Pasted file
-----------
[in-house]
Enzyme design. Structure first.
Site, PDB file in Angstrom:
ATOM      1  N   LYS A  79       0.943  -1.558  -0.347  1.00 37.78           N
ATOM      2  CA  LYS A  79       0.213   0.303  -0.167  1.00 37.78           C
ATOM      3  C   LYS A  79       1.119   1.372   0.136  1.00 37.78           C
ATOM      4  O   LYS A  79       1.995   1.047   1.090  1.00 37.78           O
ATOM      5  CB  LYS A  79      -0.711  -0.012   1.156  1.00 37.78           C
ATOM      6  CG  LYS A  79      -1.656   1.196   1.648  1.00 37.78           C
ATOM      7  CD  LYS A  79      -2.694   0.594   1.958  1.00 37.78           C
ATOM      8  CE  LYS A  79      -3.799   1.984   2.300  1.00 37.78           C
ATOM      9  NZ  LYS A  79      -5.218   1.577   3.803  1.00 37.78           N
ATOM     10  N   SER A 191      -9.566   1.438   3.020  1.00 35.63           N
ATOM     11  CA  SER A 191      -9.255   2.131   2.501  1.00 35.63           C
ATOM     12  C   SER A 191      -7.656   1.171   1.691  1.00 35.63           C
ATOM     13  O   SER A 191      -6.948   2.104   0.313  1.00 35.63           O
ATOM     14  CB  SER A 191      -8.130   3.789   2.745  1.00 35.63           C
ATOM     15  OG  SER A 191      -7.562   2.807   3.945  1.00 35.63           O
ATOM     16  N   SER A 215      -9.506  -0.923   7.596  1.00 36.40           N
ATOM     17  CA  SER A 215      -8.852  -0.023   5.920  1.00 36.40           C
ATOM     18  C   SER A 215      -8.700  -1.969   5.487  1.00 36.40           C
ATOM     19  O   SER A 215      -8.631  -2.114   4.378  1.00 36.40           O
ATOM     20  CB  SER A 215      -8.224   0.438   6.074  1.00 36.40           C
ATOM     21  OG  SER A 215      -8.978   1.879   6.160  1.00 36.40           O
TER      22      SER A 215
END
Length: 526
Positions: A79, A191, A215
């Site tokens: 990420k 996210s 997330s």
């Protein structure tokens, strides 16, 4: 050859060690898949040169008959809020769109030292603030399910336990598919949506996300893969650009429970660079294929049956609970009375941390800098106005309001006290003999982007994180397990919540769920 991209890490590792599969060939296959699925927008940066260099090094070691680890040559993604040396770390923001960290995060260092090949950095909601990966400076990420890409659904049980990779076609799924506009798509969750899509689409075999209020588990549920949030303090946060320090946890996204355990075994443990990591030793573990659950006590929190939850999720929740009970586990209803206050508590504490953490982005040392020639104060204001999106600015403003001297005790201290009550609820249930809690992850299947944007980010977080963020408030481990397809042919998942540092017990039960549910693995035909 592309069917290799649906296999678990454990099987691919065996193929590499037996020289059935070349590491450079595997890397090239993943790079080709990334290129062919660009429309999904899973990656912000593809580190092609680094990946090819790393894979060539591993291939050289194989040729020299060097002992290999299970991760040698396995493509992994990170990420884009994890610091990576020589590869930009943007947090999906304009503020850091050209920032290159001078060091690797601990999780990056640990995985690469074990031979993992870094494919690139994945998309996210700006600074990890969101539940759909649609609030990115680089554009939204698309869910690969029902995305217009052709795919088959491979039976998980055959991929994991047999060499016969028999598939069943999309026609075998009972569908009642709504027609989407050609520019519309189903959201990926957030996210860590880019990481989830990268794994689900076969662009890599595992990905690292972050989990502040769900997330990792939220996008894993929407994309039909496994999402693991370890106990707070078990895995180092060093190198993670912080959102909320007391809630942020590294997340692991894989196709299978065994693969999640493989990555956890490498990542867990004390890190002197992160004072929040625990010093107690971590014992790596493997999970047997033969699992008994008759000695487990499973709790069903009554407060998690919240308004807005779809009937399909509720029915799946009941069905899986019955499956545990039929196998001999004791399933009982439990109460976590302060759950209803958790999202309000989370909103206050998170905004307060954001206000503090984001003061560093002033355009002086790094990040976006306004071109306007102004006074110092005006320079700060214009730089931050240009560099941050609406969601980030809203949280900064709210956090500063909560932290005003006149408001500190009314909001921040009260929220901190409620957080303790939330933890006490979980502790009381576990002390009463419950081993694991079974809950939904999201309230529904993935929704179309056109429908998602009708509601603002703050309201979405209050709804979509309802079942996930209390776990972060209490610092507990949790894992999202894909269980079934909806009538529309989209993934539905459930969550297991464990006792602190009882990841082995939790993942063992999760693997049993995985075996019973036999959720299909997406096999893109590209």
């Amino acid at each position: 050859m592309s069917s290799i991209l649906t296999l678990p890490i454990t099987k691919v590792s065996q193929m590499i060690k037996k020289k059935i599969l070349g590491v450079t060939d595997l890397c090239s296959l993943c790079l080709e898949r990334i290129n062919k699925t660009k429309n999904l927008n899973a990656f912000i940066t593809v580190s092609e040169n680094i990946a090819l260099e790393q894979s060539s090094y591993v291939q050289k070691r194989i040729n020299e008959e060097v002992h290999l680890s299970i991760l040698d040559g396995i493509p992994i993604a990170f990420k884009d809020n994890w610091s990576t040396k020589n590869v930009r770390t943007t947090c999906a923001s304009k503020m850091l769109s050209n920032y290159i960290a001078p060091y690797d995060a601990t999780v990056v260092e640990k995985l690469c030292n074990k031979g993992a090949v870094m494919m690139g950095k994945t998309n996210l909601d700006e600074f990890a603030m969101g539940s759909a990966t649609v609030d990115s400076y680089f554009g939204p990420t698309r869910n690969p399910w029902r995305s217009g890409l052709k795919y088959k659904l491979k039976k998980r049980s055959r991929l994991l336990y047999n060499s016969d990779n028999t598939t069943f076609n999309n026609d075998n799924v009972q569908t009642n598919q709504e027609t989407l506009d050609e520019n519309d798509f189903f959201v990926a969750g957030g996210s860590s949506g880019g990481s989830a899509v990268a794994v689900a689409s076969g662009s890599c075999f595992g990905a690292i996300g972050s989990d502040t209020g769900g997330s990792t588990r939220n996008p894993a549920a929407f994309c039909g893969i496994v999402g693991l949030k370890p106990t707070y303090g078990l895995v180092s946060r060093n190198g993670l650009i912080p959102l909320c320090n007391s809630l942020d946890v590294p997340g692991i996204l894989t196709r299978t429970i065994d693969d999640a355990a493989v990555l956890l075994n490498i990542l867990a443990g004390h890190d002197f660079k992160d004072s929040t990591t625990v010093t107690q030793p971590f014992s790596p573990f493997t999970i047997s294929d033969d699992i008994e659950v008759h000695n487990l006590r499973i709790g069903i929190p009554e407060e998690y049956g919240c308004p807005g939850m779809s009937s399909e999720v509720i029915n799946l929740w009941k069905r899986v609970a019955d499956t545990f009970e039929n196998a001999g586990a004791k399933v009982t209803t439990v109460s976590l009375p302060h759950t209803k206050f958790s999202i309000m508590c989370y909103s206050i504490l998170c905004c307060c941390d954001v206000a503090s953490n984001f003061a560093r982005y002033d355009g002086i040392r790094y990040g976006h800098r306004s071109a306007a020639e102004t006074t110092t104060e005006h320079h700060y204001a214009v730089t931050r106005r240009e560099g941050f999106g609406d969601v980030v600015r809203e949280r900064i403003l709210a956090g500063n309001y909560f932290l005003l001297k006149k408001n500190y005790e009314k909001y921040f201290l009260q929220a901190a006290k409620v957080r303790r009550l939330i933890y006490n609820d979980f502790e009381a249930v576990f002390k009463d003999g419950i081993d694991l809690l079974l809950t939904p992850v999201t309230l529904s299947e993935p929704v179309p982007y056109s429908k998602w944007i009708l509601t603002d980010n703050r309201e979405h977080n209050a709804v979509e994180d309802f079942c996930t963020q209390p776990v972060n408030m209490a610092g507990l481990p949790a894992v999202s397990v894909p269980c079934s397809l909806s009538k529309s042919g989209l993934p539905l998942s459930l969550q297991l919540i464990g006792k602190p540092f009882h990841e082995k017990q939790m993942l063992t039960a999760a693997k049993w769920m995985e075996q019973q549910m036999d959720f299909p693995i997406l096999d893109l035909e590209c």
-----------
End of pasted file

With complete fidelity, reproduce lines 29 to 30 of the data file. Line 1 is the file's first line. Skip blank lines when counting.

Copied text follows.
């Site tokens: 990420k 996210s 997330s």
């Protein structure tokens, strides 16, 4: 050859060690898949040169008959809020769109030292603030399910336990598919949506996300893969650009429970660079294929049956609970009375941390800098106005309001006290003999982007994180397990919540769920 991209890490590792599969060939296959699925927008940066260099090094070691680890040559993604040396770390923001960290995060260092090949950095909601990966400076990420890409659904049980990779076609799924506009798509969750899509689409075999209020588990549920949030303090946060320090946890996204355990075994443990990591030793573990659950006590929190939850999720929740009970586990209803206050508590504490953490982005040392020639104060204001999106600015403003001297005790201290009550609820249930809690992850299947944007980010977080963020408030481990397809042919998942540092017990039960549910693995035909 592309069917290799649906296999678990454990099987691919065996193929590499037996020289059935070349590491450079595997890397090239993943790079080709990334290129062919660009429309999904899973990656912000593809580190092609680094990946090819790393894979060539591993291939050289194989040729020299060097002992290999299970991760040698396995493509992994990170990420884009994890610091990576020589590869930009943007947090999906304009503020850091050209920032290159001078060091690797601990999780990056640990995985690469074990031979993992870094494919690139994945998309996210700006600074990890969101539940759909649609609030990115680089554009939204698309869910690969029902995305217009052709795919088959491979039976998980055959991929994991047999060499016969028999598939069943999309026609075998009972569908009642709504027609989407050609520019519309189903959201990926957030996210860590880019990481989830990268794994689900076969662009890599595992990905690292972050989990502040769900997330990792939220996008894993929407994309039909496994999402693991370890106990707070078990895995180092060093190198993670912080959102909320007391809630942020590294997340692991894989196709299978065994693969999640493989990555956890490498990542867990004390890190002197992160004072929040625990010093107690971590014992790596493997999970047997033969699992008994008759000695487990499973709790069903009554407060998690919240308004807005779809009937399909509720029915799946009941069905899986019955499956545990039929196998001999004791399933009982439990109460976590302060759950209803958790999202309000989370909103206050998170905004307060954001206000503090984001003061560093002033355009002086790094990040976006306004071109306007102004006074110092005006320079700060214009730089931050240009560099941050609406969601980030809203949280900064709210956090500063909560932290005003006149408001500190009314909001921040009260929220901190409620957080303790939330933890006490979980502790009381576990002390009463419950081993694991079974809950939904999201309230529904993935929704179309056109429908998602009708509601603002703050309201979405209050709804979509309802079942996930209390776990972060209490610092507990949790894992999202894909269980079934909806009538529309989209993934539905459930969550297991464990006792602190009882990841082995939790993942063992999760693997049993995985075996019973036999959720299909997406096999893109590209």